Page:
The KIT ─ Knowledge & Information Technology
No. 240 - 16 May 2019
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In This Issue
IoT in Apiculture
Autonomous Vehicles
Robotic Process Automation
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Claude Baudoin

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The last issue of the KIT, sent on May 1, had the correct number in e-mail subject (No. 239) but the header of the actual content still said "No. 238 -- 16 Apr 2019." Sorry about the mistake. This issue is No. 240, marking the end of 10 years of continuous existence, with no intention to stop for a while longer.
IoT in Bees-ness (or: What's All the Buzz About?)
From the Innovatech 2019 conference in Santiago, Chile, comes this fascinating example of an application of IoT in apiculture:

Beewaze delivers a 24/7 monitoring service that records the environmental conditions inside and outside the hives to ensure the survival of the bees, reduce the reaction time to threats, encourage prevention, increase the productivity of the hives in terms of derived products, and add value to the pollination services through strong and healthy hives.
The sensors record temperature and humidity to ensure the survival of the queen bee and worker bees, together with a weight sensor that allows the calculation of the number of bees that leave to forage and for how long each day.
All this information is displayed on a dashboard that updates every hour and sends alerts in case of changes in the variables of optimum equilibrium for the bees.

(Courtesy of Estanislao Ramírez of Beewaze, via Richard Soley of OMG.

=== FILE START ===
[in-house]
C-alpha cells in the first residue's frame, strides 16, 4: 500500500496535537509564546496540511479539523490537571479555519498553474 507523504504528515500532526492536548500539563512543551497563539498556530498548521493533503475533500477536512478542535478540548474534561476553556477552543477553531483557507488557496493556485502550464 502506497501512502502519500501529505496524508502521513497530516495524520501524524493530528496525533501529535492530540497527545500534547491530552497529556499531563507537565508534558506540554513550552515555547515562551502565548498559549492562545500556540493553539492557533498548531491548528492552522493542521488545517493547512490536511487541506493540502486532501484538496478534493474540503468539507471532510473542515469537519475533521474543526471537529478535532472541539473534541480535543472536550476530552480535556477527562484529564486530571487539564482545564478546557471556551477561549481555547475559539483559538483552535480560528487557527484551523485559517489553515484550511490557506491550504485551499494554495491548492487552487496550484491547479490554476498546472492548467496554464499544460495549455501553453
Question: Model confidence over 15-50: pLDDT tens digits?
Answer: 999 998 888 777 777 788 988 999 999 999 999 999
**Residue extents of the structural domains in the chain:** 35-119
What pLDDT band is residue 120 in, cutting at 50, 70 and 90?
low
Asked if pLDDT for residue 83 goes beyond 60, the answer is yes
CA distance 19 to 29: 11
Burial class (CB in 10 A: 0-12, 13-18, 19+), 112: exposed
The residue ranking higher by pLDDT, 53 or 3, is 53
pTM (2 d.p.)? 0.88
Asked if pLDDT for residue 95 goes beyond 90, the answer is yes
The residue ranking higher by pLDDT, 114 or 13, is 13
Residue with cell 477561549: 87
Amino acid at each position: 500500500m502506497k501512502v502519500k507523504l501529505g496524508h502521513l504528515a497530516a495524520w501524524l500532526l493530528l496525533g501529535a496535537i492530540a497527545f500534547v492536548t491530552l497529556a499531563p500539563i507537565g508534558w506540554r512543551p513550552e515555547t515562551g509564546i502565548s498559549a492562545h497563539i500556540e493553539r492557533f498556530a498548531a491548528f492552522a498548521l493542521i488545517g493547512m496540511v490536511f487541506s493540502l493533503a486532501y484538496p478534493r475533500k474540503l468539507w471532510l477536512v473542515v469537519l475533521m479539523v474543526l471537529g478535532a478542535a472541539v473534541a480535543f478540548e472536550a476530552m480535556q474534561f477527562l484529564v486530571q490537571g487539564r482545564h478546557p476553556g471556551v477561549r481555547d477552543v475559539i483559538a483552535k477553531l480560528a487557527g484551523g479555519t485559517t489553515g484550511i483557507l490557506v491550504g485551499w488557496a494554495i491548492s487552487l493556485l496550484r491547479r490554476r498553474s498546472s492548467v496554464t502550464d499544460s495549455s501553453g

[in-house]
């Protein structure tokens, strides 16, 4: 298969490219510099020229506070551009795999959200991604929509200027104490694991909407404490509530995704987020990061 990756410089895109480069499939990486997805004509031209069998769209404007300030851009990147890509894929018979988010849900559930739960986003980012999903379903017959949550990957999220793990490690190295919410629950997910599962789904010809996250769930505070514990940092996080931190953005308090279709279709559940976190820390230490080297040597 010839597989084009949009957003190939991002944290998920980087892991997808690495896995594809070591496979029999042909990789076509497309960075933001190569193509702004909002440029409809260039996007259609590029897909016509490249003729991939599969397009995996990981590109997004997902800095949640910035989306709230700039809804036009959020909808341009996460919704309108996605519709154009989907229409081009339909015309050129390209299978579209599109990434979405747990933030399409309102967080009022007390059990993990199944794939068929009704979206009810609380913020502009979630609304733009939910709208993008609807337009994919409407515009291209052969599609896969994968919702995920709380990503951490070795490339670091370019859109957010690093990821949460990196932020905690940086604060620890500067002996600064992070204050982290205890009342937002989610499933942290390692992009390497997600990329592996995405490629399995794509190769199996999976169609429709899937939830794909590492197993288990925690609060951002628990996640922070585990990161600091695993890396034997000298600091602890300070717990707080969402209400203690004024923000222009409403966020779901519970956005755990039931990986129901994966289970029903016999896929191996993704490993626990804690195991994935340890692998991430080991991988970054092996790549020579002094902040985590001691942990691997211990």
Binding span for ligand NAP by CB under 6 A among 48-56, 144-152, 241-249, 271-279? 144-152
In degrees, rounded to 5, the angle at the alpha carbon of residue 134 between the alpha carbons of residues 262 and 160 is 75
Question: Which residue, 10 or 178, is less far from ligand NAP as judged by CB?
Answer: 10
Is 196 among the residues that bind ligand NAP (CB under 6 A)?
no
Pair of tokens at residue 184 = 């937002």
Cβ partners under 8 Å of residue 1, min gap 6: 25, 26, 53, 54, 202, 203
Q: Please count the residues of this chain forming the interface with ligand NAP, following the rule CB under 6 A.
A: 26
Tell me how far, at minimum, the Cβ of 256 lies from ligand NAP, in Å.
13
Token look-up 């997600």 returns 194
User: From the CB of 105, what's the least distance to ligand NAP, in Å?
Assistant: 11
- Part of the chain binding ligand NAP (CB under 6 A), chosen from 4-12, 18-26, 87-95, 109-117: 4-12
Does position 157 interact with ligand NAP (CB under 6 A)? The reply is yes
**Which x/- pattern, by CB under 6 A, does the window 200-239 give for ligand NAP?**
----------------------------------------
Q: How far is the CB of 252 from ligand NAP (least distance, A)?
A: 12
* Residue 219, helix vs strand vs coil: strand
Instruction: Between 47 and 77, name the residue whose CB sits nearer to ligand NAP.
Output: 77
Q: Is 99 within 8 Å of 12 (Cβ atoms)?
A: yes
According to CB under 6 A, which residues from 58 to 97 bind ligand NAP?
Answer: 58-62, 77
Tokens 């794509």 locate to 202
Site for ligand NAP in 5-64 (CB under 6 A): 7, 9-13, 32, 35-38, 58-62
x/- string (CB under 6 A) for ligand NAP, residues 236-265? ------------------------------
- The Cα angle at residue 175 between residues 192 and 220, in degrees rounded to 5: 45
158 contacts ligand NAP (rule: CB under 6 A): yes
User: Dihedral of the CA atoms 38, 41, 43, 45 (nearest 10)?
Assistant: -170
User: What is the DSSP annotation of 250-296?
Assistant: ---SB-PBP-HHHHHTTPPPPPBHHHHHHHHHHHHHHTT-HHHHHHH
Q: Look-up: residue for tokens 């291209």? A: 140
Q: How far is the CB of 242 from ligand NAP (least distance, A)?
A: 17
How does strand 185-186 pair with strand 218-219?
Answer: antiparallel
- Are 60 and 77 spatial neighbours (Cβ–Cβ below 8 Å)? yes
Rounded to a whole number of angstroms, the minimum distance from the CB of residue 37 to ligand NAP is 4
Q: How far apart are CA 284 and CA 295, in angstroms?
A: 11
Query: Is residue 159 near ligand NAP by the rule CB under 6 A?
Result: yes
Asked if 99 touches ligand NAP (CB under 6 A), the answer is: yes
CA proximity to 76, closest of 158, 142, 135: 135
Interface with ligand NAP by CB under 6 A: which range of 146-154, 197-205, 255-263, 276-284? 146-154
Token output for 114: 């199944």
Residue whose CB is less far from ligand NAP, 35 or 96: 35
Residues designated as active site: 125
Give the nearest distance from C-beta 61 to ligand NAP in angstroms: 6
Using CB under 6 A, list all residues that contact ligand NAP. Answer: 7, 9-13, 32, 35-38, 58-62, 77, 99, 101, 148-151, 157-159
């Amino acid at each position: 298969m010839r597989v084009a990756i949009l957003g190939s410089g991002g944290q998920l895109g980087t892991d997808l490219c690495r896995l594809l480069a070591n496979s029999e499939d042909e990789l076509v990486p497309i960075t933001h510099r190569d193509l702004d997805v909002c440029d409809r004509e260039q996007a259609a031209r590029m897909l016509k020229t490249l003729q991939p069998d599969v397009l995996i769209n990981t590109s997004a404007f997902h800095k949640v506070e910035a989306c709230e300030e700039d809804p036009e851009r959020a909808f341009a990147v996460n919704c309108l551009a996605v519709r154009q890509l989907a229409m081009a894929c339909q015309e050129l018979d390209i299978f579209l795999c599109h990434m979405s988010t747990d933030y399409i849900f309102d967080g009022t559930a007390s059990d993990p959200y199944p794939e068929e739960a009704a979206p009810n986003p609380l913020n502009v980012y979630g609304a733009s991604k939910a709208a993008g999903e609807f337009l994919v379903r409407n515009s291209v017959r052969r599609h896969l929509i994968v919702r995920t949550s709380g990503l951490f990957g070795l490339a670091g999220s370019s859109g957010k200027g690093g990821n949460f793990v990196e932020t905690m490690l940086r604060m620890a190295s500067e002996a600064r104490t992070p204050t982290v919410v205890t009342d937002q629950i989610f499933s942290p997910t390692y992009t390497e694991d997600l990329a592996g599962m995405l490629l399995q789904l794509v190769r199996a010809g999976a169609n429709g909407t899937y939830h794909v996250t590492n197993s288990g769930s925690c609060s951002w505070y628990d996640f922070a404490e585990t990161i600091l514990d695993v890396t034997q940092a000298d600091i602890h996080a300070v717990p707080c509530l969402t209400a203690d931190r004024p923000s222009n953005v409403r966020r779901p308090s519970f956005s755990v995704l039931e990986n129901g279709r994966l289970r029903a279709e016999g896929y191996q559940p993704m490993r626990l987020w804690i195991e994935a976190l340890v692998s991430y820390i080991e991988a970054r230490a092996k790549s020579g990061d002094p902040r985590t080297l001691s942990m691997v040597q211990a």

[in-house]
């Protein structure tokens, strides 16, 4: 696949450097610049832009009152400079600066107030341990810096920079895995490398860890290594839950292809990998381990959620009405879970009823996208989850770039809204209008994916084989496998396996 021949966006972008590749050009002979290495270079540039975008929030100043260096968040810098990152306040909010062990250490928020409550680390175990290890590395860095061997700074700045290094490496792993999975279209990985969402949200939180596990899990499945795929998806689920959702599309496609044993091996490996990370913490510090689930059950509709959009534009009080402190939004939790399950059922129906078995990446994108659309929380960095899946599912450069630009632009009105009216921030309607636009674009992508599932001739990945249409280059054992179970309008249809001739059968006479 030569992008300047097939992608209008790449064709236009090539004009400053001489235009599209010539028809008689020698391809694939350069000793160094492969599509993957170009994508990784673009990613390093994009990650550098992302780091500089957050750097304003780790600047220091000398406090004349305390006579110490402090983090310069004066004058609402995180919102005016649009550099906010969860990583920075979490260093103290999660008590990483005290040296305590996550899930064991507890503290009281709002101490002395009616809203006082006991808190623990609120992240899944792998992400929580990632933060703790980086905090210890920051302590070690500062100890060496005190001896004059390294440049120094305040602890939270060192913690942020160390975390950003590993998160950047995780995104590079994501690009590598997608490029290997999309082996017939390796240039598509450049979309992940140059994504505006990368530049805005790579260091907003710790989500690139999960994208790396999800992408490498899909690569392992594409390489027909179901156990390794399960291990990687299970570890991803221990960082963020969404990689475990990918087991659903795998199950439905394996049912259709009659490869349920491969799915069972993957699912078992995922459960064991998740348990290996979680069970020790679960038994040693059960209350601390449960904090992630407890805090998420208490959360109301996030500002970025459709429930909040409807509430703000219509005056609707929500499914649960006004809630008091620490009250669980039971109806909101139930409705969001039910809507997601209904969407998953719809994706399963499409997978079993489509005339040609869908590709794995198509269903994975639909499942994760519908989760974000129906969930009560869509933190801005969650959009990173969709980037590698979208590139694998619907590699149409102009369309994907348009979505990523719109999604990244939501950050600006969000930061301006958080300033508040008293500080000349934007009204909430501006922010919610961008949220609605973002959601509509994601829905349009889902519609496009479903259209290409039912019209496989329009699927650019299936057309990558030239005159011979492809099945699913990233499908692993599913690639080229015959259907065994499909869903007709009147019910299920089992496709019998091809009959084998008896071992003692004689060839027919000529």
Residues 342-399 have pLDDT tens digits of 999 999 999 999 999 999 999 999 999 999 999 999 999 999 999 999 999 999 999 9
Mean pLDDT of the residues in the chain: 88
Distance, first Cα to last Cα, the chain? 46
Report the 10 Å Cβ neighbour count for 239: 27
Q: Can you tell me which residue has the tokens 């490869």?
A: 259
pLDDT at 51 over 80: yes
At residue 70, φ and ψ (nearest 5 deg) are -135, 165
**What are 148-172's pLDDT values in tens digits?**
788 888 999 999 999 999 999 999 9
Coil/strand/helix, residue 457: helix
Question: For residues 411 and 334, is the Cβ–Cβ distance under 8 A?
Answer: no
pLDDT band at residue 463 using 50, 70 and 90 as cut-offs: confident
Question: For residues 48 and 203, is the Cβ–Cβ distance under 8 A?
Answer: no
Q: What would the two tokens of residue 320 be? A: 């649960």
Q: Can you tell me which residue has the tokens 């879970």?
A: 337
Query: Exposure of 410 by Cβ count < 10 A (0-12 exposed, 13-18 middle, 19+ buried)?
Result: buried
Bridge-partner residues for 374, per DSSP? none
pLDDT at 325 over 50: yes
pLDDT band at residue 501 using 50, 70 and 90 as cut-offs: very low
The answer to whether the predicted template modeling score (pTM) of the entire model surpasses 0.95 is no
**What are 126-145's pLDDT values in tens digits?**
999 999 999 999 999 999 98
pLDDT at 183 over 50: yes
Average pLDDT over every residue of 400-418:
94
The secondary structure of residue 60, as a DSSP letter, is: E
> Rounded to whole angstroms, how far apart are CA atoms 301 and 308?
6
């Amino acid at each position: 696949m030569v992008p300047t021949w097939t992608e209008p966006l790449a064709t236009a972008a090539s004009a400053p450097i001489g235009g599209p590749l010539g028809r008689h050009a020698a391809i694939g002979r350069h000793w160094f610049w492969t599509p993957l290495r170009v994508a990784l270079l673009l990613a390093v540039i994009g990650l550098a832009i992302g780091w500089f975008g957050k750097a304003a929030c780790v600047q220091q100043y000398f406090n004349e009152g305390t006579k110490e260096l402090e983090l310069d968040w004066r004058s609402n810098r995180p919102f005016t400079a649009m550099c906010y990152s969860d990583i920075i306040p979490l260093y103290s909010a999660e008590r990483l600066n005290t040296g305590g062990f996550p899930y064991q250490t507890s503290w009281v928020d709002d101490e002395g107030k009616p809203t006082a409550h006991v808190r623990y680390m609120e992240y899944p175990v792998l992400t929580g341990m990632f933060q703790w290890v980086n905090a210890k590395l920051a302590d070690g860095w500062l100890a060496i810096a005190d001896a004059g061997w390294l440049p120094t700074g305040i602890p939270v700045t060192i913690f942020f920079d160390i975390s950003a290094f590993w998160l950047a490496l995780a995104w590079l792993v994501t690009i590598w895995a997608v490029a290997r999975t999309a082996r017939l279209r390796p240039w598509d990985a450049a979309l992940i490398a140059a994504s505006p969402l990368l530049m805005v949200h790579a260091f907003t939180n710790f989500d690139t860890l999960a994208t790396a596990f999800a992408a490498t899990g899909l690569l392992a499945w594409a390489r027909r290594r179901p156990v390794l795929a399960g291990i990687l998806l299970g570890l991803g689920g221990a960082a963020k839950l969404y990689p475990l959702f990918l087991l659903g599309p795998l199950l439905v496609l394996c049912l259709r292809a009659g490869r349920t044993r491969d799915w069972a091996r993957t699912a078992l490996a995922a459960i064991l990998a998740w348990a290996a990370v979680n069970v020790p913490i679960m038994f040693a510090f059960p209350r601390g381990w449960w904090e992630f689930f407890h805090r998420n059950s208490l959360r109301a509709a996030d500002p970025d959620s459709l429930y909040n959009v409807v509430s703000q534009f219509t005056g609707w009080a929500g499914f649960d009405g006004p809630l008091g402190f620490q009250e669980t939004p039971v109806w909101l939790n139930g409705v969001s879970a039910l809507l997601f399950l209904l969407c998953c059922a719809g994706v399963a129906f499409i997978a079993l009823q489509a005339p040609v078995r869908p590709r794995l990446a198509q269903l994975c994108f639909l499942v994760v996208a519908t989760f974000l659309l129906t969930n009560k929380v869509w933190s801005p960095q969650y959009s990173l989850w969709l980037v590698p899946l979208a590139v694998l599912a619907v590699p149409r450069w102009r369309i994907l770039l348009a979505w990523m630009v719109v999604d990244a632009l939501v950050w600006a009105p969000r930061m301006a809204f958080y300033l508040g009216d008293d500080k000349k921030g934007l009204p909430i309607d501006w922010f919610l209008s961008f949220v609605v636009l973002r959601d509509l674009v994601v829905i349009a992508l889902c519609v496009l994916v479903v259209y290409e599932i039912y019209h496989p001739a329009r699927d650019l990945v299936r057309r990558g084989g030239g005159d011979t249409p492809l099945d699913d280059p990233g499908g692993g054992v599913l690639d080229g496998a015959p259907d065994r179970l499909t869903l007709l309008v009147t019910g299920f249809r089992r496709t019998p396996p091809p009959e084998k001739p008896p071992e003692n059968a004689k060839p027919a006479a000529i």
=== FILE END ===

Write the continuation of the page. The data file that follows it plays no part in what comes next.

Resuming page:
Note that the Beewaze site is currently only in Spanish.)
Autonomous Vehicles -- State of the Industry
If you missed this webinar hosted by readwriteLABS, an industry catalyst dedicated to IoT, you can watch the replay here (it starts at the 00:01:20 mark).

In this hour-long talk, Marc Amblard presents the fourth version of readwriteLABS' "landscape" of the autonomous vehicle (AV) industry -- the leading and emerging suppliers of:
  • AV hardware (sensors, computing hardware, communications)
  • Software stacks
  • Localization applications
  • Development tools
  • Applications for fleet management, goods delivery, shuttles and robo-taxis
  • Analytics for human driver activity monitoring (mostly to improve safety)

The webinar continues with an insightful analysis of the business transformation that AVs is causing -- including some car manufacturers' vision of "selling miles instead of selling cars" in the future. And of course there is a new acronym for this: MaaS, or Mobility as a Service. 

Robotic Process Automation
Speakers on the rebirth of AI, especially machine learning, are increasingly talking about robotic process automation (RPA). The phrase is misleading -- there are no physical robots involved. RPA is about automating repetitive manual tasks, such as data manipulation. In "How to explain Robotic Process Automation (RPA) in plain English," author Kevin Casey explains typical applications of RPA and the criteria that make a process suitable for this technology. The article is long on definitions and short on concrete examples, but it is useful if you were confused about what RPA meant.

Still, this could be seen as an evolution of rule-based workflow management systems, which have been on the market for years (from vendors such as K2, among others). RPA adds several AI-based capabilities, such as natural language processing (for a natural human interface, including voice commands) and machine learning. This longer paper from provides a useful classification of the successive generations of RPA and a brief description of several leading vendors.
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